Plantas de vapor (ingles)

Solo disponible en BuenasTareas
  • Páginas : 633 (158171 palabras )
  • Descarga(s) : 0
  • Publicado : 1 de diciembre de 2010
Leer documento completo
Vista previa del texto
Geothermal Power Plants: Principles, Applications, Case Studies and Environmental Impact

This page intentionally left blank

Geothermal Power Plants: Principles, Applications, Case Studies and Environmental Impact

Second Edition

Ronald DiPippo, Ph.D.
Chancellor Professor Emeritus University of Massachusetts Dartmouth North Dartmouth, Massachusetts

Butterworth-Heinemann is an imprint of Elsevier

Butterworth-Heinemann is an imprint of Elsevier Linacre House, Jordan Hill, Oxford OX2 8DP, UK 30 Corporate Drive, Suite 400, Burlington, MA 01803, USA First edition 2005 Second edition 2008 Copyright © 2008 Elsevier Ltd. All rights reserved No part ofthis publication may be reproduced, stored in a retrieval system or transmitted in any form or by any means electronic, mechanical, photocopying, recording or otherwise without the prior written permission of the publisher Permissions may be sought directly from Elsevier’s Science & Technology Rights Department in Oxford, UK: phone ( 44) (0) 1865 843830; fax ( 44) (0) 1865 853333; Alternatively you can submit your request online by visiting the Elsevier web site at, and selecting Obtaining permission to use Elsevier material Notice No responsibility is assumed by the publisher for any injury and/or damage to persons or property as a matter of products liability, negligence or otherwise, or from any use or operation ofany methods, products, instructions or ideas contained in the material herein. British Library Cataloguing in Publication Data A catalogue record for this book is available from the British Library Library of Congress Cataloging-in-Publication Data A catalog record for this book is available from the Library of Congress ISBN: 978-0-7506-8620-4
For information on all Butterworth-Heinemannpublications visit our web site at

Typeset by Charon Tec Ltd (A Macmillan Company), Chennai, India Printed and bound in Great Britain 08 09 10 11 10 9 8 7 6 5 4 3 2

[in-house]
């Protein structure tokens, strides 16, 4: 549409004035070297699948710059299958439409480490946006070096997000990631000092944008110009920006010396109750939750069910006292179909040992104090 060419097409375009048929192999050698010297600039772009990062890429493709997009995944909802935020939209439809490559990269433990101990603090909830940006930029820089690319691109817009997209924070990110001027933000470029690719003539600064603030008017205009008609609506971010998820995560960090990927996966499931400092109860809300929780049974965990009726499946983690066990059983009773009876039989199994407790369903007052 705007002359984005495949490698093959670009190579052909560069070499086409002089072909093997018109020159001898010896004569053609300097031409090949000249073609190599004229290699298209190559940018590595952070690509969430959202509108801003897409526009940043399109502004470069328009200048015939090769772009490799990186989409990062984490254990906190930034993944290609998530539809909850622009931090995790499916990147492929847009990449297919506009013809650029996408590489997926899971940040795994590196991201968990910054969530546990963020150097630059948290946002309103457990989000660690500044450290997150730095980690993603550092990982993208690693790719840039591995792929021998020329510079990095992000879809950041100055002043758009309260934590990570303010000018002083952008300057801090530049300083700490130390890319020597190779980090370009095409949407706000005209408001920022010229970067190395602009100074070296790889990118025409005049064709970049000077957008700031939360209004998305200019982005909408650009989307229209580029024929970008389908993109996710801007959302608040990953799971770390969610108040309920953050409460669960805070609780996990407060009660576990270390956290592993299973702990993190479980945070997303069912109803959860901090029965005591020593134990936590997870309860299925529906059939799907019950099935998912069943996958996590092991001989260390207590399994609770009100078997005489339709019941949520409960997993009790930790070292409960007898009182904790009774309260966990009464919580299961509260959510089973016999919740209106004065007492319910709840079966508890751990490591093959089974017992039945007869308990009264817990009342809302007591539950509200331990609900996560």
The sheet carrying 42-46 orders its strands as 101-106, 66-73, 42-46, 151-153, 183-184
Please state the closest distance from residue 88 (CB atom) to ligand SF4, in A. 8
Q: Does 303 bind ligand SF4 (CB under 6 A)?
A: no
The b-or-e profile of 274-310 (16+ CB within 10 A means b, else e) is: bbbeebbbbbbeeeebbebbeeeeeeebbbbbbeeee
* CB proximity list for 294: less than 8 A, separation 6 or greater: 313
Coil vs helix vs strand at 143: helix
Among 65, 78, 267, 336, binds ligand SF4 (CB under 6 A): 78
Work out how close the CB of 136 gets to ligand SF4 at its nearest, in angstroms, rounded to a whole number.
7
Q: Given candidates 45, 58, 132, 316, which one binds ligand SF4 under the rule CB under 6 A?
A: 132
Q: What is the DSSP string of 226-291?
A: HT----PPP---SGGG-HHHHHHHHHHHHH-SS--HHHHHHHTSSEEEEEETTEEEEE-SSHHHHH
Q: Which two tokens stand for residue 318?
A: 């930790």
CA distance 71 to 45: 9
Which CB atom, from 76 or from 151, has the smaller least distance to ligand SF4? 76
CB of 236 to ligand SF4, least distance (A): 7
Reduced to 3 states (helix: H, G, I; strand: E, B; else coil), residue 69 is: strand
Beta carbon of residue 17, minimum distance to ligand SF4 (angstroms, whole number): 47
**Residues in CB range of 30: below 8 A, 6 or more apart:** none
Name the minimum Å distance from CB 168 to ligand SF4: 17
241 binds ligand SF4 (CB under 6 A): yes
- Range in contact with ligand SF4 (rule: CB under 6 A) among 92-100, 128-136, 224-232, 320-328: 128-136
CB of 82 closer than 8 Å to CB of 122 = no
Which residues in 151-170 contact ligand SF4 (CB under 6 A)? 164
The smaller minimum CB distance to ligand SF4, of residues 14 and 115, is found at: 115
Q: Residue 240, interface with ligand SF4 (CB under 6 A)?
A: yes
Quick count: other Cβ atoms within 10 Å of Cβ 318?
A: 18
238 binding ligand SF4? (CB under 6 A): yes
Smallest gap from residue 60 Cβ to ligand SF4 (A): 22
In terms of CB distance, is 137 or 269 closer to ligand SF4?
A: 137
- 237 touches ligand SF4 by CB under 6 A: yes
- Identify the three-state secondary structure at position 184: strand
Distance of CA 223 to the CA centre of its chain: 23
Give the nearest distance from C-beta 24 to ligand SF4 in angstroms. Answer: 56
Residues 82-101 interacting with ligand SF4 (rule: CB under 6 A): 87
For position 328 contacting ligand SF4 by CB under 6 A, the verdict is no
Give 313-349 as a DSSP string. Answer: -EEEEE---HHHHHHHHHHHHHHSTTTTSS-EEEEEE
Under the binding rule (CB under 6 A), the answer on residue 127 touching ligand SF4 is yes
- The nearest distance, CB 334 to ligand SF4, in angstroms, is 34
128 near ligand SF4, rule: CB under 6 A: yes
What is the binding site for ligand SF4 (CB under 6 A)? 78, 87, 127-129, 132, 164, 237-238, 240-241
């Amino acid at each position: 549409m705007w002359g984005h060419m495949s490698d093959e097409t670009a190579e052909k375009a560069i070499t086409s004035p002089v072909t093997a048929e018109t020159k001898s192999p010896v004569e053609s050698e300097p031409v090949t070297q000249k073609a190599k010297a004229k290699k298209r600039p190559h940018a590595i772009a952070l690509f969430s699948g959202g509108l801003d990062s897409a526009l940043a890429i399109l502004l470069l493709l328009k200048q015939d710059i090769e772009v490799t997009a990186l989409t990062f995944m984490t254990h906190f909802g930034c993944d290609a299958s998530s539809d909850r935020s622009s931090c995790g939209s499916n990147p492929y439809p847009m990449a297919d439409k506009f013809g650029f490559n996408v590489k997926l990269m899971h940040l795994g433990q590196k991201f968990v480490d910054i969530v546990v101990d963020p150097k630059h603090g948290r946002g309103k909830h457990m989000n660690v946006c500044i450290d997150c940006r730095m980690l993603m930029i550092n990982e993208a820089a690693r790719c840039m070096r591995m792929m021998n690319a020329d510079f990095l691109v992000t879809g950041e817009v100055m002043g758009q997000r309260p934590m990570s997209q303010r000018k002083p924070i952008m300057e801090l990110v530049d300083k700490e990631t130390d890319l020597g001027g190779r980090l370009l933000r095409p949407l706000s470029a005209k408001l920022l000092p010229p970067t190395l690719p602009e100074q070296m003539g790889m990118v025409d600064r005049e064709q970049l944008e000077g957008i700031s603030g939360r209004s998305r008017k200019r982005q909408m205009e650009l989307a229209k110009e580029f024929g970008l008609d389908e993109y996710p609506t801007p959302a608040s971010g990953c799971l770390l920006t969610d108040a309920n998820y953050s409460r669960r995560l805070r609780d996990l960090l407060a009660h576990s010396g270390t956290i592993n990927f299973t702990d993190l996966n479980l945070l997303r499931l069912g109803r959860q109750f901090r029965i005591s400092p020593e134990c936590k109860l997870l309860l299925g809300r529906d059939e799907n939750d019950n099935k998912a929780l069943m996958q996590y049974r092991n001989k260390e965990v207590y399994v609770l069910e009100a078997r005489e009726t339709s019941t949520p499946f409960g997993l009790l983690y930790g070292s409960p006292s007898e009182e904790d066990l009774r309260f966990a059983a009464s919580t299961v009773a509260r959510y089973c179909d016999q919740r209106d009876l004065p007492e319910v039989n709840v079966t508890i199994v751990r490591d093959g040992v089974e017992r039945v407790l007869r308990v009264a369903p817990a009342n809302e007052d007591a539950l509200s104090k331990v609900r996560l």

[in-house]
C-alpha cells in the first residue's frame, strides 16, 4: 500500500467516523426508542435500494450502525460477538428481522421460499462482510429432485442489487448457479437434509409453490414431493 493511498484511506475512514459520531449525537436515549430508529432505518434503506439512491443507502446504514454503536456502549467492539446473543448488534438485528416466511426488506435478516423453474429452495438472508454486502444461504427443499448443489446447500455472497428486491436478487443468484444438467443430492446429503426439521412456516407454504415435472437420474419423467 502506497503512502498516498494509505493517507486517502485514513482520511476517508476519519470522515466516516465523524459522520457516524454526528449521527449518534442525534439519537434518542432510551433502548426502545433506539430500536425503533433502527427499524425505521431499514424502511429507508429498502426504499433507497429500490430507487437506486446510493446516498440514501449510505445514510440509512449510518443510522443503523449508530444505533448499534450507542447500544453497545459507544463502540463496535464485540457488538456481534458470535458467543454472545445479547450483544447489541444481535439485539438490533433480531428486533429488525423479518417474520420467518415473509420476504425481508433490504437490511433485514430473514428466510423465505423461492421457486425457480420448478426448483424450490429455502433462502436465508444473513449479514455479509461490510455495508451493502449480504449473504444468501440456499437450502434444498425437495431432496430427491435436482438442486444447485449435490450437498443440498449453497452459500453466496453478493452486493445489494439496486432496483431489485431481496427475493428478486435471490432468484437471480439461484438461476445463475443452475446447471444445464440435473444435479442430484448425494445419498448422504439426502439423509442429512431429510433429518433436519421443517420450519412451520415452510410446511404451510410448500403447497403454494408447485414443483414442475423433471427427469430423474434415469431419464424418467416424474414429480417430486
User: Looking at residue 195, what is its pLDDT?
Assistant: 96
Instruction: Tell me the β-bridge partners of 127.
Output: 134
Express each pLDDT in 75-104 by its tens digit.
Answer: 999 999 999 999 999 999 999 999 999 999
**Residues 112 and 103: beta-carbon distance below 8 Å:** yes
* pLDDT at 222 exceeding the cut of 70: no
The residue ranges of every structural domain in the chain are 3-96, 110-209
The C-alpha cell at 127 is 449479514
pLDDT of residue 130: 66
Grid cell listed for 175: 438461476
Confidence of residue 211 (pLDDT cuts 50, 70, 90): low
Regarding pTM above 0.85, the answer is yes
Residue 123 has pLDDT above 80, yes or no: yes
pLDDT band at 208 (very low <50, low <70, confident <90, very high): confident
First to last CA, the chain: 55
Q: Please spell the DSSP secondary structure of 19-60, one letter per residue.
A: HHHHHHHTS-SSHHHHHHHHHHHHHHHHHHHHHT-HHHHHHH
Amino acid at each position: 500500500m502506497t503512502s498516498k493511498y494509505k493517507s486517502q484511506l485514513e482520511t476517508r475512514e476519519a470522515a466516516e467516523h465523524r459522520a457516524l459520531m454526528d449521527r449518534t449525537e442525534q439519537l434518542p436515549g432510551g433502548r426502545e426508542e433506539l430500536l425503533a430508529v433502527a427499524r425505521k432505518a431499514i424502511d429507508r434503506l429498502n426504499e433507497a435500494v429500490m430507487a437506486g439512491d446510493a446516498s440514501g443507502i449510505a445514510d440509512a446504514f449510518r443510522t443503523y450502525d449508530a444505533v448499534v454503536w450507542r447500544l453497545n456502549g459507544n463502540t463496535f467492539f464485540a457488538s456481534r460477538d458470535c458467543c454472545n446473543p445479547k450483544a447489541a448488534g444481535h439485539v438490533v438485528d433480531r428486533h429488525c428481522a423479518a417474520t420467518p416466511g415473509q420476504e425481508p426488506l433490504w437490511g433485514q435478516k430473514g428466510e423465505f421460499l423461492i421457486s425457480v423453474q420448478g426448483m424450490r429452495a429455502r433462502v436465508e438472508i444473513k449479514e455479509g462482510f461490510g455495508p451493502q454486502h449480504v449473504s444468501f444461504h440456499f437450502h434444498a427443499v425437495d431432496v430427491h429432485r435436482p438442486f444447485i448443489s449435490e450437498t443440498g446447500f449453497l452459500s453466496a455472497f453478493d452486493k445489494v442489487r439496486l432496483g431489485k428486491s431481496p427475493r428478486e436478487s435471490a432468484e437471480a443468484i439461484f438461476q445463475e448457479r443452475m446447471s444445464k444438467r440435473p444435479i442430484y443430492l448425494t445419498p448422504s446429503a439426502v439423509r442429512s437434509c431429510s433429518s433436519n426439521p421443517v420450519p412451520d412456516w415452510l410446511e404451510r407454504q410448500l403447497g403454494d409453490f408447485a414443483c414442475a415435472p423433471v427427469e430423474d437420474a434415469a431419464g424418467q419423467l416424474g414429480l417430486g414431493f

For my grandchildren, Kaiya Lee DiPippo Ella Rae DiPippo and Lucas Jasper Sincero Larson in the hope that their generation will reap the benefits of geothermal energy to a far greaterextent than we did.

This page intentionally left blank

Preface and Acknowledgements to the Second Edition Preface to the First Edition Acknowledgements to the First Edition PART ONE RESOURCE IDENTIFICATION AND DEVELOPMENT xvii xix xxiii 1 3 4 4 7 10 11 11 13 14 16 17 19 20 20 21 21 22 23 25 26 30 34 35 35 37 39 40 41

1. Geology of Geothermal Regions 1.1 Introduction 1.2 The earthand its atmosphere 1.3 Active geothermal regions 1.4 Model of a hydrothermal geothermal resource 1.5 Other types of geothermal resources 1.5.1 Hot dry rock, HDR 1.5.2 Geopressure 1.5.3 Magma energy References Problems 2. Exploration Strategies and Techniques 2.1 Introduction 2.2 Objectives of an exploration program 2.3 Phases of an exploration program 2.3.1 Literature survey 2.3.2 Airborne survey2.3.3 Geologic survey 2.3.4 Hydrologic survey 2.3.5 Geochemical survey 2.3.6 Geophysical survey 2.4 Synthesis and interpretation 2.5 The next step: drilling References Problems 3. Geothermal Well Drilling 3.1 Introduction 3.2 Site preparation and drilling equipment

viii Contents

3.3 Drilling operations 3.4 Safety precautions References 4. Reservoir Engineering 4.1 Introduction 4.2Reservoir and well flow 4.2.1 Darcy’s Law 4.2.2 Reservoir-well model: ideal case 4.2.3 Reservoir-well model: basic principles 4.2.4 Liquid-only flow 4.2.5 Location of the flash horizon 4.2.6 Two-phase flow in the well 4.2.7 Complete model: reservoir to wellhead with wellbore flashing 4.3 Well testing 4.3.1 Desired information 4.3.2 Pressure and temperature instrumentation 4.3.3 Direct mass flow rate...
tracking img